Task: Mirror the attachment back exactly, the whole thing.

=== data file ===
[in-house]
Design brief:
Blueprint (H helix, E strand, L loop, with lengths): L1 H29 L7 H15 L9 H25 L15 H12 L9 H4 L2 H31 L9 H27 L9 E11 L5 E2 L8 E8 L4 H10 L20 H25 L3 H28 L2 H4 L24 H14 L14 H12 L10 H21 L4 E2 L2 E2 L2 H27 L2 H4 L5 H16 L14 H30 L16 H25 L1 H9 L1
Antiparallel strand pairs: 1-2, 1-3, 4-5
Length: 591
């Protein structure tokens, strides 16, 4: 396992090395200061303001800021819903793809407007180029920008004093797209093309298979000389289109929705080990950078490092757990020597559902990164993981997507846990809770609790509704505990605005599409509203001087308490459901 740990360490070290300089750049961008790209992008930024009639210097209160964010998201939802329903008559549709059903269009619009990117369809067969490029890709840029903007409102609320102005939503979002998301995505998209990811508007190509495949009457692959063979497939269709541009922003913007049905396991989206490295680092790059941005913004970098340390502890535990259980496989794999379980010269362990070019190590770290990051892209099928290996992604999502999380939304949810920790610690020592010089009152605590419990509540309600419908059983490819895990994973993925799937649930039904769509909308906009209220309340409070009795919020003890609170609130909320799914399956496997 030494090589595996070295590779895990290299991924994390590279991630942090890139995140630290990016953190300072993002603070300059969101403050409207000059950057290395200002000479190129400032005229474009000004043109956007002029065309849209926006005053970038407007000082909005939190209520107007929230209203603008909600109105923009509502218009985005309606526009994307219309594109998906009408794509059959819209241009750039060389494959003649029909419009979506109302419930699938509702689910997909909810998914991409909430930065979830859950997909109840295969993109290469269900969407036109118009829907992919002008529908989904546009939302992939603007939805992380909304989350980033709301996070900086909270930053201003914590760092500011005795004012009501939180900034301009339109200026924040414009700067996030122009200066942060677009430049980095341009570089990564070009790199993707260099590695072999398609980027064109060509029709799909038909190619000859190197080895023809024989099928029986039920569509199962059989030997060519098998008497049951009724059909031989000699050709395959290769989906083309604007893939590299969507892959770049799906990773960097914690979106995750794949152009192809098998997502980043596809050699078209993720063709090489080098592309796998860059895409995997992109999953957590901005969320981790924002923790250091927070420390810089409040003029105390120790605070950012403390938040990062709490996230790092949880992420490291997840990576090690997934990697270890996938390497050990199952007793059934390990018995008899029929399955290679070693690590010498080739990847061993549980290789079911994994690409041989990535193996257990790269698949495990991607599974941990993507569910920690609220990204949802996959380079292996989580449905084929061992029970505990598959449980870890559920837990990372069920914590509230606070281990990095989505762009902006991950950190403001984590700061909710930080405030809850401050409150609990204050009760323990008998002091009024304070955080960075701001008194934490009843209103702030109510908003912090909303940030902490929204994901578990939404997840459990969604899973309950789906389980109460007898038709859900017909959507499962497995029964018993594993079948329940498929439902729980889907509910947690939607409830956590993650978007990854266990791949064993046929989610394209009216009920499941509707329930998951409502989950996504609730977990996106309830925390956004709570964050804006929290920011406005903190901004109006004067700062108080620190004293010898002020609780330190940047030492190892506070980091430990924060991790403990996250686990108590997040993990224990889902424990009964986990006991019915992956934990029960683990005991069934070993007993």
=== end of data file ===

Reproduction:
[in-house]
Design brief:
Blueprint (H helix, E strand, L loop, with lengths): L1 H29 L7 H15 L9 H25 L15 H12 L9 H4 L2 H31 L9 H27 L9 E11 L5 E2 L8 E8 L4 H10 L20 H25 L3 H28 L2 H4 L24 H14 L14 H12 L10 H21 L4 E2 L2 E2 L2 H27 L2 H4 L5 H16 L14 H30 L16 H25 L1 H9 L1
Antiparallel strand pairs: 1-2, 1-3, 4-5
Length: 591
């Protein structure tokens, strides 16, 4: 396992090395200061303001800021819903793809407007180029920008004093797209093309298979000389289109929705080990950078490092757990020597559902990164993981997507846990809770609790509704505990605005599409509203001087308490459901 740990360490070290300089750049961008790209992008930024009639210097209160964010998201939802329903008559549709059903269009619009990117369809067969490029890709840029903007409102609320102005939503979002998301995505998209990811508007190509495949009457692959063979497939269709541009922003913007049905396991989206490295680092790059941005913004970098340390502890535990259980496989794999379980010269362990070019190590770290990051892209099928290996992604999502999380939304949810920790610690020592010089009152605590419990509540309600419908059983490819895990994973993925799937649930039904769509909308906009209220309340409070009795919020003890609170609130909320799914399956496997 030494090589595996070295590779895990290299991924994390590279991630942090890139995140630290990016953190300072993002603070300059969101403050409207000059950057290395200002000479190129400032005229474009000004043109956007002029065309849209926006005053970038407007000082909005939190209520107007929230209203603008909600109105923009509502218009985005309606526009994307219309594109998906009408794509059959819209241009750039060389494959003649029909419009979506109302419930699938509702689910997909909810998914991409909430930065979830859950997909109840295969993109290469269900969407036109118009829907992919002008529908989904546009939302992939603007939805992380909304989350980033709301996070900086909270930053201003914590760092500011005795004012009501939180900034301009339109200026924040414009700067996030122009200066942060677009430049980095341009570089990564070009790199993707260099590695072999398609980027064109060509029709799909038909190619000859190197080895023809024989099928029986039920569509199962059989030997060519098998008497049951009724059909031989000699050709395959290769989906083309604007893939590299969507892959770049799906990773960097914690979106995750794949152009192809098998997502980043596809050699078209993720063709090489080098592309796998860059895409995997992109999953957590901005969320981790924002923790250091927070420390810089409040003029105390120790605070950012403390938040990062709490996230790092949880992420490291997840990576090690997934990697270890996938390497050990199952007793059934390990018995008899029929399955290679070693690590010498080739990847061993549980290789079911994994690409041989990535193996257990790269698949495990991607599974941990993507569910920690609220990204949802996959380079292996989580449905084929061992029970505990598959449980870890559920837990990372069920914590509230606070281990990095989505762009902006991950950190403001984590700061909710930080405030809850401050409150609990204050009760323990008998002091009024304070955080960075701001008194934490009843209103702030109510908003912090909303940030902490929204994901578990939404997840459990969604899973309950789906389980109460007898038709859900017909959507499962497995029964018993594993079948329940498929439902729980889907509910947690939607409830956590993650978007990854266990791949064993046929989610394209009216009920499941509707329930998951409502989950996504609730977990996106309830925390956004709570964050804006929290920011406005903190901004109006004067700062108080620190004293010898002020609780330190940047030492190892506070980091430990924060991790403990996250686990108590997040993990224990889902424990009964986990006991019915992956934990029960683990005991069934070993007993």